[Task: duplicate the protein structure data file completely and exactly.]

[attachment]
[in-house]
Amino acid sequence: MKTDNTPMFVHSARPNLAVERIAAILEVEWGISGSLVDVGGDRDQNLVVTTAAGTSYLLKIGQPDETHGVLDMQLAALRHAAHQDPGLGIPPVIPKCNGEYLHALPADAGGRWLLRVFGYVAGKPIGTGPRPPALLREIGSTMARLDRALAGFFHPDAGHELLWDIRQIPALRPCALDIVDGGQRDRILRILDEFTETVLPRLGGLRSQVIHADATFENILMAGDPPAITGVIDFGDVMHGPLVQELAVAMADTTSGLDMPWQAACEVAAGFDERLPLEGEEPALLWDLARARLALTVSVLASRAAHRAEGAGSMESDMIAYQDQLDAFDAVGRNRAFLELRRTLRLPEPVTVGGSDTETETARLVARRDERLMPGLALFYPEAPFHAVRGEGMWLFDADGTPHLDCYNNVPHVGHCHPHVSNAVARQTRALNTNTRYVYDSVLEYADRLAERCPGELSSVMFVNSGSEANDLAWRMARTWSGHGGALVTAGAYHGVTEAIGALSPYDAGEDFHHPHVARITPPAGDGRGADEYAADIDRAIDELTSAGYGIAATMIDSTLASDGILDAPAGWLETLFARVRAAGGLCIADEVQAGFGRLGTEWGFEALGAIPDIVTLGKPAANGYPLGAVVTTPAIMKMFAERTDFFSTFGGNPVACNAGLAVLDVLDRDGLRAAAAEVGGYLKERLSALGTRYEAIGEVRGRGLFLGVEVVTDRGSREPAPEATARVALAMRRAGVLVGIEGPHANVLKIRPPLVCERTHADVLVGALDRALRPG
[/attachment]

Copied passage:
[in-house]
Amino acid sequence: MKTDNTPMFVHSARPNLAVERIAAILEVEWGISGSLVDVGGDRDQNLVVTTAAGTSYLLKIGQPDETHGVLDMQLAALRHAAHQDPGLGIPPVIPKCNGEYLHALPADAGGRWLLRVFGYVAGKPIGTGPRPPALLREIGSTMARLDRALAGFFHPDAGHELLWDIRQIPALRPCALDIVDGGQRDRILRILDEFTETVLPRLGGLRSQVIHADATFENILMAGDPPAITGVIDFGDVMHGPLVQELAVAMADTTSGLDMPWQAACEVAAGFDERLPLEGEEPALLWDLARARLALTVSVLASRAAHRAEGAGSMESDMIAYQDQLDAFDAVGRNRAFLELRRTLRLPEPVTVGGSDTETETARLVARRDERLMPGLALFYPEAPFHAVRGEGMWLFDADGTPHLDCYNNVPHVGHCHPHVSNAVARQTRALNTNTRYVYDSVLEYADRLAERCPGELSSVMFVNSGSEANDLAWRMARTWSGHGGALVTAGAYHGVTEAIGALSPYDAGEDFHHPHVARITPPAGDGRGADEYAADIDRAIDELTSAGYGIAATMIDSTLASDGILDAPAGWLETLFARVRAAGGLCIADEVQAGFGRLGTEWGFEALGAIPDIVTLGKPAANGYPLGAVVTTPAIMKMFAERTDFFSTFGGNPVACNAGLAVLDVLDRDGLRAAAAEVGGYLKERLSALGTRYEAIGEVRGRGLFLGVEVVTDRGSREPAPEATARVALAMRRAGVLVGIEGPHANVLKIRPPLVCERTHADVLVGALDRALRPG